Wednesday, August 1, 2007

Voters should verify the claims of MMP critics before Oct. 10

The following editorial by 'Vote for MMP' supporter Steve Withers ran on July 30th in the Orillia Packet & Times. It's reposted here in its entirety.

GUEST COLUMN: Voters: verify the claims of electoral reform critics before Oct. 10

On Oct. 10, we will all have the chance to make history. There will be a referendum on changing the voting system we use to elect our MPPs.

In advance of the coming referendum, one of the most interesting aspects of the electoral reform debate currently underway is the lack of any substance to the arguments against the mixed-member proportional (MMP) voting system recommended for Ontario by the Ontario Citizens' Assembly.

Critics like Orillia's Doug Lewis, a former minister in the Brian Mulroney government, and Liberal party activist and backroom operative, Christopher Holcroft, are echoing the same list of negative talking points about the MMP without apparently making the effort to personally verify whether they stand up to scrutiny. Reading their articles, not one of them offer us any information or examples from other places that use MMP that might support even one of their many assertions. All we get is a shopping list of claims without facts.

If the recommended mixed-member proportional voting system were really as bad as critics claim, why on Earth would the Ontario Citizens' Assembly have almost unanimously (94 to eight) recommended it? To me, the answer is obvious. What Lewis and Holcroft and others have been saying about MMP isn't true. I hope every voter will do what Lewis and Holcroft (and others) clearly have not done, and verify if there is any truth to these claims.
Certainly, the Ontario Citizens' Assemby didn't think so after examining all of these issues in detail.

I should say I have an advantage over Lewis and Holcroft where MMP is concerned. I've actually lived in a country that uses MMP (New Zealand) and voted in elections there.

I have been a member of a party and participated personally in the vigorously democratic candidate selection meetings that can occur when there are many worthy candidates, for both local and list places on the ballot. Had any of the critics made any effort to find out how this really works, they could avoid the risk of embarrassing themselves by having so obviously not done their homework where MMP is concerned.

I hope Ontario voters do their homework on MMP and not follow the example of Lewis and Holcroft. The OCA voted for MMP for very good reasons. I urge voters to find out what those reasons are.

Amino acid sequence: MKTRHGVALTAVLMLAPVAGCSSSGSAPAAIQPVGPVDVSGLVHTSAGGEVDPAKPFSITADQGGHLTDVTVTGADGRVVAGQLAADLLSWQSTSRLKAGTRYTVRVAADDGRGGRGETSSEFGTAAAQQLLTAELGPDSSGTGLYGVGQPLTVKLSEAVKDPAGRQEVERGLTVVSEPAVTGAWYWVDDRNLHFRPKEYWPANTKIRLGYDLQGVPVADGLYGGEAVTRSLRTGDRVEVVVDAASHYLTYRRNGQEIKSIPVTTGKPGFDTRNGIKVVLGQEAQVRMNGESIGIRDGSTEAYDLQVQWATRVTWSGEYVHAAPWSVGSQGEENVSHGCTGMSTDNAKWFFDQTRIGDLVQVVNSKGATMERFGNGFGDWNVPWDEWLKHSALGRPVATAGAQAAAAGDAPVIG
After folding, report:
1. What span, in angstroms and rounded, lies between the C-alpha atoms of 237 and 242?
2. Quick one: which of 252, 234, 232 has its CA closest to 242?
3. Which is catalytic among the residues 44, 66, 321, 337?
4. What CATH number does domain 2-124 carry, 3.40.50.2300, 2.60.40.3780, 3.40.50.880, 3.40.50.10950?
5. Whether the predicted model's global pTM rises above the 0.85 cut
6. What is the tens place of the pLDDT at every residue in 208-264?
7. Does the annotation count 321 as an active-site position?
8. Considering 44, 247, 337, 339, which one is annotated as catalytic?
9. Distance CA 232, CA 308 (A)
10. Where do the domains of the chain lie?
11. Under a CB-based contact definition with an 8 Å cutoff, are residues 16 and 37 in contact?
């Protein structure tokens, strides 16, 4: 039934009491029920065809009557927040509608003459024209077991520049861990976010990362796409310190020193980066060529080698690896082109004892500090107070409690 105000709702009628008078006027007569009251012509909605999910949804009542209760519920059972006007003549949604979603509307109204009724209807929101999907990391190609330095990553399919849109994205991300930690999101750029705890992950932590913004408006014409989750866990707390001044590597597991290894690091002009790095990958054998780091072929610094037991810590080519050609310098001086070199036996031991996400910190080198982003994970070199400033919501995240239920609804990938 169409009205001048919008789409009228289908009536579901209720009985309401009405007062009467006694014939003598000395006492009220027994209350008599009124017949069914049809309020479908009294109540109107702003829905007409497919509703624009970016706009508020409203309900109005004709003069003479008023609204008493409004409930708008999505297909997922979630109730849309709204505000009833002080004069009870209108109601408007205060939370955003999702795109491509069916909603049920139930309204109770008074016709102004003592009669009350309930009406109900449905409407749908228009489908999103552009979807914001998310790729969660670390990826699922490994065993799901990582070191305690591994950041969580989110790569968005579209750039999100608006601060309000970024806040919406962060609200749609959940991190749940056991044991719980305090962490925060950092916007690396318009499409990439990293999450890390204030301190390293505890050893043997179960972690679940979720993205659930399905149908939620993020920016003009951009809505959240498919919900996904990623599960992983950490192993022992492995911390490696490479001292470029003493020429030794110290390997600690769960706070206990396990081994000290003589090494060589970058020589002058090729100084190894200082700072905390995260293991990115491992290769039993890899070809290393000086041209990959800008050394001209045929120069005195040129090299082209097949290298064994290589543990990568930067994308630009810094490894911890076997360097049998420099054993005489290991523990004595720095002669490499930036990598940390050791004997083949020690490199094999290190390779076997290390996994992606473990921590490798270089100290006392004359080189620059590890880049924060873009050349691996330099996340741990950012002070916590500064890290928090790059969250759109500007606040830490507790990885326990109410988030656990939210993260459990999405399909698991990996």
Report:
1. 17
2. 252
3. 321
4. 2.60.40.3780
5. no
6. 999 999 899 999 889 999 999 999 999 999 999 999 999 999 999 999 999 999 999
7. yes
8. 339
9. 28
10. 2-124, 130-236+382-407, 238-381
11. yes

In my personal experience, MMP is a much better system for voters. MMP offers voters two votes: one local and one for a party province-wide. That second vote is a very powerful one, holding parties to account across the entire province, not just locally. The party bosses of the present system are terrified voters will choose MMP and be able to hold them and their party collectively to account everywhere through that province-wide vote.

The present voting system gives us one vote for one candidate in one riding. That vote only counts if your preferred candidate wins, otherwise, you get nothing. Your one vote does not count at all in any of other 102 ridings in Ontario. Your one vote, at best, holds less than one per cent of all MPPs to account and only indirectly affects the fortunes of their party. Very few voters indeed get to vote directly for the party leaders. Under MMP, your party vote is a direct vote of support for the party you favour. It counts no matter who won your local race. Its effect is for all of Ontario, not just your local riding. How anyone can say this significant enhancement of voter power is less democratic defies rational understanding.

So who are the Ontario Citizens' Assembly and why does what they think matter?

The current government of Ontario, recognizing the problems inherent in the present way we elect MPPs, created the citizens assembly process to allow ordinary voters to have a look at these problems and see if they could devise a system, with expect help and public input, that would be better.

This was done by randomly selecting 103 ordinary people, one from each riding in Ontario to do the job. They became the Ontario Citizens' Assembly. After nine months of study and public hearings across the province, the OCA recommended by a vote of 94 to eight, that Ontarians adopt an Ontario-made version of the mixed-member proportional system.

It's a shame some of our politicians and party activists defending the present system haven't bothered doing their homework on electoral reform. I hope voters won't follow their example and will make the effort to find out for themselves how MMP really works.

I should add that I certainly won't be voting for anyone who makes inaccurate, perhaps cynical, unverified claims about MMP, a system that offers the chance for the significant improvement to democracy in Ontario since 1792. If these people are willing and able to base their case against MMP on a list of unverified talking points that don't stand up to scrutiny, how could we trust them on any other important issue?

The Ontario Citizens' Assembly case for MMP can be found on the website http://www.citizensassembly.gov.on.ca.

They did their homework and have made an excellent recommendation that Ontarians who also do their homework cannot help but support.

On Oct. 10, I urge you to vote for MMP.

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